Half a loaf isn’t always better than none.
After last week’s massacre in Las Vegas, deeply committed Second Amendment Republicans, as well as the National Rifle Association, began to voice tepid support for the idea of banning the so-called “bump stock,” the ingenious device that shooter Stephen Paddock used to make his semiautomatic weapons function more or less as automatics.
With a bump stock, Paddock was able to unleash an appalling barrage of bullets with a single pull of the trigger.
Banning bump stocks is probably a good idea; without them, a few more lives might have been spared in Las Vegas.
But we shouldn’t be overly impressed or excited by any proposal to abolish them. It’s a less-than-half measure that will do very little to resolve the problem of gun violence in our country. And it gives Republicans and the NRA cover for disingenuous claims that they are open to the notion of sensible gun control.
A more cynical person might wonder if this gambit by devoted Second Amendment types is merely, well, cynical.
We have a tendency to do this in our nation, to embrace solutions that are intended to accommodate or placate the disaffected; we often temporize rather than make serious, good-faith attempts to resolve important issues.
This was the feeling I had when the Dallas Cowboys recently strode as a team to mid-field, clasped arms and knelt before the playing of the national anthem, during which the team later stood on the sidelines, as usual.
President Trump had put the NFL, the owners and the players in an awkward position by demanding that the owners fire any player — Trump called them S.O.B.s — who declines to stand for the national anthem. He even urged fans to stay away from the games unless players toed the line. The Cowboys were, evidently, attempting to placate Trump, the fans and the players with an accommodative, middle-ground gesture.
But this is an unsatisfying response to the issues originally raised by Colin Kaepernick and other protesting players. It does no more to address those issues than banning bump stocks will solve the curse of gun violence in our country.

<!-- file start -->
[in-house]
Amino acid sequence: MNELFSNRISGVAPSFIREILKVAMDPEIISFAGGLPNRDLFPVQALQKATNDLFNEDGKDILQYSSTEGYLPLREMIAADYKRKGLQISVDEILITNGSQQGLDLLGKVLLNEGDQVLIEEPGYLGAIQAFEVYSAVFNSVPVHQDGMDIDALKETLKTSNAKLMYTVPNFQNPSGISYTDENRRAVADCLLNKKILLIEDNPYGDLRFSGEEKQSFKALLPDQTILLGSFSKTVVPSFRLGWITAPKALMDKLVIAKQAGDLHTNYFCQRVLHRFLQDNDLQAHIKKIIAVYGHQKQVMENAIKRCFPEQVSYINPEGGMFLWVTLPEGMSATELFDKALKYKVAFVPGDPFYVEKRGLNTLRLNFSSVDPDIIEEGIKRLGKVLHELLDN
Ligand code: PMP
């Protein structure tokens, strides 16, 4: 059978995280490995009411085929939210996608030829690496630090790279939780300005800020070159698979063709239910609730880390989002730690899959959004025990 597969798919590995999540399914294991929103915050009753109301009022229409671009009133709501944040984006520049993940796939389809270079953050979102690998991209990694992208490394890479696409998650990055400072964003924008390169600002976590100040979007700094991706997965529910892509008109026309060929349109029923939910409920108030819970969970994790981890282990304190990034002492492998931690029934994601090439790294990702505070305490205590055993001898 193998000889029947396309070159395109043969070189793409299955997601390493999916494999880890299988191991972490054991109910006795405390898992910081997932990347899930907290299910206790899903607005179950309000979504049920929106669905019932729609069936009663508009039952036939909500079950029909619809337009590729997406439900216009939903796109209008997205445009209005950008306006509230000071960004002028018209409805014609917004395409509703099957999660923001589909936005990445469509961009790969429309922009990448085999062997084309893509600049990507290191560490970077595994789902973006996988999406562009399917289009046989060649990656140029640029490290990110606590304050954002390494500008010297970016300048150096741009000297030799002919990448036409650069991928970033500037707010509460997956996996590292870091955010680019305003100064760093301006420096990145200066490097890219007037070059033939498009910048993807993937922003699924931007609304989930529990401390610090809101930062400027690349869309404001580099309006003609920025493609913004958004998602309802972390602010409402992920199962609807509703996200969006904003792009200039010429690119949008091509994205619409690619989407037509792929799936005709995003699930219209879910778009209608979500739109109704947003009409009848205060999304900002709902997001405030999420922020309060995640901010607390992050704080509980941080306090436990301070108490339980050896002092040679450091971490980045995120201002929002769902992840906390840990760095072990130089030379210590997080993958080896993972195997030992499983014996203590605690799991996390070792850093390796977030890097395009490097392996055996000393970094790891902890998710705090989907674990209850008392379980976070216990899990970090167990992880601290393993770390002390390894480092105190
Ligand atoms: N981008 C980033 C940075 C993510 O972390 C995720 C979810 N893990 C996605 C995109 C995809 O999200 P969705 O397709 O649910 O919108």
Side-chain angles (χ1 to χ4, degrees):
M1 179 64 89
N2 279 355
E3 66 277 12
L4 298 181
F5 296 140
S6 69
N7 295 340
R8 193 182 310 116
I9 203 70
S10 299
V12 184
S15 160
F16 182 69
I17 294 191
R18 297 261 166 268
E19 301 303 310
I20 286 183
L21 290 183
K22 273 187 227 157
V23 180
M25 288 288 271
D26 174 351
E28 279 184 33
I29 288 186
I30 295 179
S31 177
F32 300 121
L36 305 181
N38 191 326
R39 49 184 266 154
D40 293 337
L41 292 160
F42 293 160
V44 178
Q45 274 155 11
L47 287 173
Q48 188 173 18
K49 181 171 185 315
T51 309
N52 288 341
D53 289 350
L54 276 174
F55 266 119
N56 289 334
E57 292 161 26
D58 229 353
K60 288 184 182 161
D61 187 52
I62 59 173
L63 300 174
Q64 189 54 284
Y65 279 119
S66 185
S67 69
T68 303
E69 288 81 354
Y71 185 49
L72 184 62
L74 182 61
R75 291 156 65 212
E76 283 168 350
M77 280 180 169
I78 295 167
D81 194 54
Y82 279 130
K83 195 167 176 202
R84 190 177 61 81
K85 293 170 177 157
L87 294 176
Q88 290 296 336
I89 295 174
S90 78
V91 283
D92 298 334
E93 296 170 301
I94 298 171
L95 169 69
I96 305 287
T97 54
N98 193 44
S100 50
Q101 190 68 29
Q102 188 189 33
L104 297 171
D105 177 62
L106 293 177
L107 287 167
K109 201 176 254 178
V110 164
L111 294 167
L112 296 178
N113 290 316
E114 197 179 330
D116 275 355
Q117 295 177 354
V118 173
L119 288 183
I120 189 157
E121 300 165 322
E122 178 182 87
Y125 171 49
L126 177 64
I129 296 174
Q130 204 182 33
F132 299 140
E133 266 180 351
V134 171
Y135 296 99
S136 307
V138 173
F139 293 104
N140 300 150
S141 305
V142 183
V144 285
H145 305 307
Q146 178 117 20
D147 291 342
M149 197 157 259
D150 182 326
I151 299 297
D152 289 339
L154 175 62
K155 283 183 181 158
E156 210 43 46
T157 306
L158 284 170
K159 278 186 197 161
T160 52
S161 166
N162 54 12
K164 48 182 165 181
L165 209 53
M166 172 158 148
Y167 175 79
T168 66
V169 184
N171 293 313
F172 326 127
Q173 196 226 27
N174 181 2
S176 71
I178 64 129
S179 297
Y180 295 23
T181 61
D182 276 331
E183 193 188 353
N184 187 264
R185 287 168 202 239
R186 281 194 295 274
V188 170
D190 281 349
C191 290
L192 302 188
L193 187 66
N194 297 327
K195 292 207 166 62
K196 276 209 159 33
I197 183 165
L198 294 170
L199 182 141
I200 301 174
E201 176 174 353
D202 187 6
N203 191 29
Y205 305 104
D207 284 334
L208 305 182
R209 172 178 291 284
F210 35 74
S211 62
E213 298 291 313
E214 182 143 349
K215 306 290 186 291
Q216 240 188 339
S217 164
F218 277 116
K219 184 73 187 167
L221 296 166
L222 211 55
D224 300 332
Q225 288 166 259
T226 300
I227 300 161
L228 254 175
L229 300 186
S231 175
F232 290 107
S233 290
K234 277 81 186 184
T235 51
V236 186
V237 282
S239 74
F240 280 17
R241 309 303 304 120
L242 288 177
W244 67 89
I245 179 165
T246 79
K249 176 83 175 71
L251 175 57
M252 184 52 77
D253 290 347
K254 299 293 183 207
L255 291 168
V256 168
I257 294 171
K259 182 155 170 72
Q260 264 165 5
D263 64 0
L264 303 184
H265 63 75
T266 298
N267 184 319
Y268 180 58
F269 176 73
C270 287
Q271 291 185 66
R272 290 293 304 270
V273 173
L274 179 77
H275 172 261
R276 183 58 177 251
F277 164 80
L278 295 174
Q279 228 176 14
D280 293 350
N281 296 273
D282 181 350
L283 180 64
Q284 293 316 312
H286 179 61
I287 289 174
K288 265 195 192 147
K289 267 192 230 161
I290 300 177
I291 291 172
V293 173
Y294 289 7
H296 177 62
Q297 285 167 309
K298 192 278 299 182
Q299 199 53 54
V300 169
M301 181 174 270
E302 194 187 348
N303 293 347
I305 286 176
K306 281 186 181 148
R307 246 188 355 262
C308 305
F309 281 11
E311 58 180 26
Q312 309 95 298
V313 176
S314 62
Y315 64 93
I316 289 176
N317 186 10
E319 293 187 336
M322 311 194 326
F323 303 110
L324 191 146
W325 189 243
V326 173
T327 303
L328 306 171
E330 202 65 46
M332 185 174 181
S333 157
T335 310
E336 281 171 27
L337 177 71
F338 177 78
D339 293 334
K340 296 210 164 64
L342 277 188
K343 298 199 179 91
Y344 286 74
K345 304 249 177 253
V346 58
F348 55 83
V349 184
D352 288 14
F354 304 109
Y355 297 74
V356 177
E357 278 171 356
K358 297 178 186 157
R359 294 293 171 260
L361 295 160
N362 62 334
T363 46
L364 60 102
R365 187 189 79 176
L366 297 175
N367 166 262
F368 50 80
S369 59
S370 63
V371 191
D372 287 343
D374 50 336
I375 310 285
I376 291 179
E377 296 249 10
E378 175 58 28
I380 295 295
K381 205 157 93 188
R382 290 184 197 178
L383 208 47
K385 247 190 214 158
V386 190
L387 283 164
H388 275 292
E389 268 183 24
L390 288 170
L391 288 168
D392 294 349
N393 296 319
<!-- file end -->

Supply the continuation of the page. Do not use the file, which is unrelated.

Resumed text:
In fact, half-hearted, feel-good responses like these encourage us to draw a complacent veil over bigger, more important concerns.
For example, the original anthem protester, Kaepernick, has apparently been blacklisted by the owners, and other protestors — if Trump has his way — could be fired. Citizens could be punished, not for something they did but for something that they declined to do.
In other words, Trump, some owners and the NFL are demanding that players behave in a particular way — that is, stand up whenever the anthem is played — or they lose their jobs.
There’s a big difference between punishing someone for what he says or does and punishing him because his sense of allegiance to the flag doesn’t match ours. The essence of free speech is that the speaker doesn’t have to have a good reason for declining to perform the haphazard rote ritual that we go through before each football game.
We may prefer that well-paid black athletes quietly fall into line so that we can enjoy the football game, but that’s not our call. Their message is that racism is not dead in our country, and in fact it shows signs of resurgence. If they choose to point this out in a public forum in a way that makes us uncomfortable, well, that’s our problem, not theirs. And it’s the whole purpose of free speech.
So I hope that Kaepernick and other protestors won’t be taken in by accommodative, feel-good solutions, and I suspect that they won’t be. Nor should citizens concerned about gun violence be placated by lukewarm measures focused on bump stocks, any more than we should imagine that the problem of climate change will be resolved by recycling.
Sometimes half-measures are worse than none at all, especially if they distract us from facing cultural problems that are serious and persistent. We won’t solve them by mostly empty gestures.
John M. Crisp, an op-ed columnist for Tribune News Service, lives in Georgetown, Texas, and can be reached at email@example.com.